From a technology policy lens, the success of the Chandrayaan-3 mission in 2023—which saw India become the fourth country to land a rover on the moon and the first to do so near the Lunar south pole—brings up a pertinent question: If largely government-run efforts could make India a bonafide space power, can some of those learnings help India become a semiconductor power?
Geopolitical competition between the US and China, as well as a perceived overreliance on a seemingly vulnerable Taiwan for the vast majority of advanced chips, has made the semiconductor manufacturing sector the focus of intense industrial policy efforts over the last few years, after decades of it being the poster child of globalization. Countries around the world have doled out state-sponsored incentives and promised favorable policy environments with the aim of establishing a local chip-making industry. India, too, announced $10 billion in incentives under the Semicon India Programme, with hopes of becoming a major hub of chip production. While India has a strong presence in the chip design services segment, it has no commercial chip manufacturing facilities. The Semicon India Programme hopes to build India’s muscle in all segments of this supply chain.
As with space programs, success or failure in these efforts will depend heavily on policy choices made by governments, going well beyond just the amount of money invested. And, as with space programs, actually achieving the aim of building a domestic semiconductor industry would put India into a small, elite club of countries that have tasted chipmaking success. Efforts to pull this off are, in fact, often referred to as “moonshots,” making the comparison to Chandrayaan evident. So, are there lessons for India’s semiconductor mission from its remarkably successful space program?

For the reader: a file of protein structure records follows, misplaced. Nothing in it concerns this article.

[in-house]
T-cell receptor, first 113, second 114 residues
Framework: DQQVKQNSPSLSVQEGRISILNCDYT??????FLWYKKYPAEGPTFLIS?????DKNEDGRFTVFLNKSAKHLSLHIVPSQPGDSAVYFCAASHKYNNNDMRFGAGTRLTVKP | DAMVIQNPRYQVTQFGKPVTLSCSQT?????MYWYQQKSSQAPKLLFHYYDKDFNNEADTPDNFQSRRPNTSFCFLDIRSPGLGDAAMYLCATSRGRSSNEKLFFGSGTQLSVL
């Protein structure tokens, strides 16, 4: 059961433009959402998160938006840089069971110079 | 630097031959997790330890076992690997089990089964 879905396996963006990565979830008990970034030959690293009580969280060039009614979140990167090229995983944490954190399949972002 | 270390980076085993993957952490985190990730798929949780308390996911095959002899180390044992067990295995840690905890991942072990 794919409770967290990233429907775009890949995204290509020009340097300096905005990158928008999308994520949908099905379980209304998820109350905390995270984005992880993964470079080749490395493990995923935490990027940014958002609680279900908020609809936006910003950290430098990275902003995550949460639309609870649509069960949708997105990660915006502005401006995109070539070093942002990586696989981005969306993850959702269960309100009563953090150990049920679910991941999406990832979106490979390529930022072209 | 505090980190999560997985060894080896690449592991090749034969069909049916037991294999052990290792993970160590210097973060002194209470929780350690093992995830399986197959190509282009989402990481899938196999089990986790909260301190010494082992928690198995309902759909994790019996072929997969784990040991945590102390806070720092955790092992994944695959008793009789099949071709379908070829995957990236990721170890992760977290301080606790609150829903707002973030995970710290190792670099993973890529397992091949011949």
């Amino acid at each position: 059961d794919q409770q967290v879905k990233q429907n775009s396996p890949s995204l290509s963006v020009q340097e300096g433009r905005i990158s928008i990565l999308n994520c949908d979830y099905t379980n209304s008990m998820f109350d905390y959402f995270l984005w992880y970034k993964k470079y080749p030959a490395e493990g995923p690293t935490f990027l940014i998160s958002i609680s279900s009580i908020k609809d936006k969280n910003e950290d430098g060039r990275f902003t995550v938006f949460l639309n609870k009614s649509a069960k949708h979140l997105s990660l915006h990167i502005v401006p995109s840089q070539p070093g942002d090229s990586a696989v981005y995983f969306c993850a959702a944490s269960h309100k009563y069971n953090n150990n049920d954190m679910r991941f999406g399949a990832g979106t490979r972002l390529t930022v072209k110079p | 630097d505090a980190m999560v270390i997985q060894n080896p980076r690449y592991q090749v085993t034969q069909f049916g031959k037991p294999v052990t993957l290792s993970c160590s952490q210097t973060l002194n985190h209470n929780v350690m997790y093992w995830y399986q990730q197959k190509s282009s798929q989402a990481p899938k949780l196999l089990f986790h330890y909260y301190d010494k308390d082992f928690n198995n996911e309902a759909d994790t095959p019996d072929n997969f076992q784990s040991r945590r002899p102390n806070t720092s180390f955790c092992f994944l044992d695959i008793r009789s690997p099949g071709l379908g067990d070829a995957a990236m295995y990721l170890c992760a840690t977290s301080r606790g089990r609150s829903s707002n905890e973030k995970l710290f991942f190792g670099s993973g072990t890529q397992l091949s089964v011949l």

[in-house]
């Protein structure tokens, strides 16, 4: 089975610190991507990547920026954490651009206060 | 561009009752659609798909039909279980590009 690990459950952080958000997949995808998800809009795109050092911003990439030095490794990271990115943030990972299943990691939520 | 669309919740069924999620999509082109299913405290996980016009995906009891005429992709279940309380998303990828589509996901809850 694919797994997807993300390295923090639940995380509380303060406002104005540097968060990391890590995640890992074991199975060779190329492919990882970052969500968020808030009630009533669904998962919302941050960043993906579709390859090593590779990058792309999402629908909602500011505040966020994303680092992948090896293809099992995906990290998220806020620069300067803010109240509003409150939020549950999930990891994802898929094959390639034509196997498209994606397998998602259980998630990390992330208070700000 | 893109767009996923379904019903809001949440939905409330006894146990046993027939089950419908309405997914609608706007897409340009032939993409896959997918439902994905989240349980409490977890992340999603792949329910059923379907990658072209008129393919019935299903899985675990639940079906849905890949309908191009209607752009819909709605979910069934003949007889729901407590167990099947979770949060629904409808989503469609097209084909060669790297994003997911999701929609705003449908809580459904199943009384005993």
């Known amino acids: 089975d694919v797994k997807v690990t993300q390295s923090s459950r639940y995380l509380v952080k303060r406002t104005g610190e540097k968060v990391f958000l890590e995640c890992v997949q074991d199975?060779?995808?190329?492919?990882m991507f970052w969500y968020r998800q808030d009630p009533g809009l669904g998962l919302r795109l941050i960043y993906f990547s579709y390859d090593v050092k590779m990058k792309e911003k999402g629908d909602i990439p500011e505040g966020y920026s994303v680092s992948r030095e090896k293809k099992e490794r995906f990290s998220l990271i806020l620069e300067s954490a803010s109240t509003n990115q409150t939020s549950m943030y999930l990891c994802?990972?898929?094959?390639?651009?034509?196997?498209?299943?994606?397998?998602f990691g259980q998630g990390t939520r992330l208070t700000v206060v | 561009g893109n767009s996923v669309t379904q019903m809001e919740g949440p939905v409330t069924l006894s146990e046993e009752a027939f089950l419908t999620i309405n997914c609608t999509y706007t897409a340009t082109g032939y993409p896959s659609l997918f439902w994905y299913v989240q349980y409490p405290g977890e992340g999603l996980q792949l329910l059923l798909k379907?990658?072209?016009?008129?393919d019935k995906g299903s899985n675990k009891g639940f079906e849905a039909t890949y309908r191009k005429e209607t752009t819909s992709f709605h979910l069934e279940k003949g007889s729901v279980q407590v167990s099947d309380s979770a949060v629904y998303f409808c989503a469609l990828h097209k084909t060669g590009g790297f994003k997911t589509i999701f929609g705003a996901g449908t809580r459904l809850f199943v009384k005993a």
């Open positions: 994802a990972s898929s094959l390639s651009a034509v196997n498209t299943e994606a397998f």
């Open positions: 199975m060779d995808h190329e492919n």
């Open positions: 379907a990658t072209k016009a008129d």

This question was one of the drivers for our book, When the Chips Are Down: A Deep Dive into a Global Crisis (Bloomsbury, 2023). In it, we survey the efforts of various nation-states to build a domestic semiconductor industry. We find significant differences between old-age technologies—space and nuclear being the canonical examples—and new-age technologies, such as AI research and cutting-edge semiconductors. We thus conclude that transposing policy approaches from one domain to another is neither desirable nor effective.
Three characteristics differentiate space and nuclear technology from semiconductor technology. First, the output demanded from space and nuclear programs is small. Companies generally need to produce products for just one buyer—the sovereign government. Contrast this with a semiconductor manufacturing facility, which cannot survive by merely meeting the small government demand. Given the massive upfront capital costs that a chip manufacturing facility requires, it can hope to achieve financial sustainability only by simultaneously contracting out its manufacturing services to several large-volume chip design firms.
Second, because the output required from space and nuclear programs is small, the capital investment needed is manageable for governments. For instance, the budget for the three Chandrayaan missions totals up to ₹1977 crore. By contrast, a single chip packaging plant that Micron Technology, an American company, plans to set up in Gujarat is expected to cost approximately ₹16000 crore.
Third, the supply chain in space and nuclear domains is short and can be substantially indigenized. India’s space program benefited from initial technology transfer from the US and the USSR. After that, a small set of brilliant scientists began the process of indigenization and technology upgrading. Similarly, Pakistan started its nuclear program through technology transfers from China, and its scientists began upgrading the incoming technology. With consistent government backing after the initial technology transfer, such government-run programs could succeed. Such a pathway is not suited to the semiconductor supply chain, which follows a comparative-advantage-based specialization approach. Companies in different geographies specialize in specific segments of the supply chain. The US Semiconductor Industry Association estimates that as many as six major regions (The US, South Korea, Japan, China, Taiwan, and Europe) each contribute 8 percent or more to the total value added by the semiconductor industry. Even a semiconductor genius of the caliber and vision of Homi Bhabha or Vikram Sarabhai, the gifted scientists often credited with the success of India’s nuclear and space programs, will not obviate the dependence on foreign companies for intermediate inputs, talent, and capital.